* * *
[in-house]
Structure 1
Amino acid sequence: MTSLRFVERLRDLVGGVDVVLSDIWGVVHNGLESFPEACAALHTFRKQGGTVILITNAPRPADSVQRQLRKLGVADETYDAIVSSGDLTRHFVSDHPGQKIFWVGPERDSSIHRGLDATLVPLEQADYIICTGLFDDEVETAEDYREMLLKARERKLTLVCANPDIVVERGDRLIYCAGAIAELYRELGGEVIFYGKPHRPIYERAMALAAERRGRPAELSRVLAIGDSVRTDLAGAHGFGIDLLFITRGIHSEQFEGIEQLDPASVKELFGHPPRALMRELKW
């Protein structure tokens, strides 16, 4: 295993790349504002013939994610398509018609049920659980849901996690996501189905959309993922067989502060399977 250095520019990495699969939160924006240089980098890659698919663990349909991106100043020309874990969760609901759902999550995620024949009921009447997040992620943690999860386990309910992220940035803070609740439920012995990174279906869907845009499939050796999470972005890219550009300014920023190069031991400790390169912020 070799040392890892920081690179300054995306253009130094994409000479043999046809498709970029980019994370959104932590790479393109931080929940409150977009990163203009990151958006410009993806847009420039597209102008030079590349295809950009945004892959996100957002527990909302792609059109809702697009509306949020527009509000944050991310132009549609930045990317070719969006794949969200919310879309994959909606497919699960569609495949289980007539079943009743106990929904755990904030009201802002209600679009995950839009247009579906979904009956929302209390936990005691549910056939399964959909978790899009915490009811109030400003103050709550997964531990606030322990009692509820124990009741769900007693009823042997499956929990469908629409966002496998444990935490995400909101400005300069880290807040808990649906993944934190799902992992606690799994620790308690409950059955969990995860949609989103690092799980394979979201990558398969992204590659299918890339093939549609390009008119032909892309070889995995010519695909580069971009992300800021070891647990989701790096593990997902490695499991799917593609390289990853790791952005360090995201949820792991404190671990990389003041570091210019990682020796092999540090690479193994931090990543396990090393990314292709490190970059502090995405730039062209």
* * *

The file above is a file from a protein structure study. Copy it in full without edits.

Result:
[in-house]
Structure 1
Amino acid sequence: MTSLRFVERLRDLVGGVDVVLSDIWGVVHNGLESFPEACAALHTFRKQGGTVILITNAPRPADSVQRQLRKLGVADETYDAIVSSGDLTRHFVSDHPGQKIFWVGPERDSSIHRGLDATLVPLEQADYIICTGLFDDEVETAEDYREMLLKARERKLTLVCANPDIVVERGDRLIYCAGAIAELYRELGGEVIFYGKPHRPIYERAMALAAERRGRPAELSRVLAIGDSVRTDLAGAHGFGIDLLFITRGIHSEQFEGIEQLDPASVKELFGHPPRALMRELKW
């Protein structure tokens, strides 16, 4: 295993790349504002013939994610398509018609049920659980849901996690996501189905959309993922067989502060399977 250095520019990495699969939160924006240089980098890659698919663990349909991106100043020309874990969760609901759902999550995620024949009921009447997040992620943690999860386990309910992220940035803070609740439920012995990174279906869907845009499939050796999470972005890219550009300014920023190069031991400790390169912020 070799040392890892920081690179300054995306253009130094994409000479043999046809498709970029980019994370959104932590790479393109931080929940409150977009990163203009990151958006410009993806847009420039597209102008030079590349295809950009945004892959996100957002527990909302792609059109809702697009509306949020527009509000944050991310132009549609930045990317070719969006794949969200919310879309994959909606497919699960569609495949289980007539079943009743106990929904755990904030009201802002209600679009995950839009247009579906979904009956929302209390936990005691549910056939399964959909978790899009915490009811109030400003103050709550997964531990606030322990009692509820124990009741769900007693009823042997499956929990469908629409966002496998444990935490995400909101400005300069880290807040808990649906993944934190799902992992606690799994620790308690409950059955969990995860949609989103690092799980394979979201990558398969992204590659299918890339093939549609390009008119032909892309070889995995010519695909580069971009992300800021070891647990989701790096593990997902490695499991799917593609390289990853790791952005360090995201949820792991404190671990990389003041570091210019990682020796092999540090690479193994931090990543396990090393990314292709490190970059502090995405730039062209």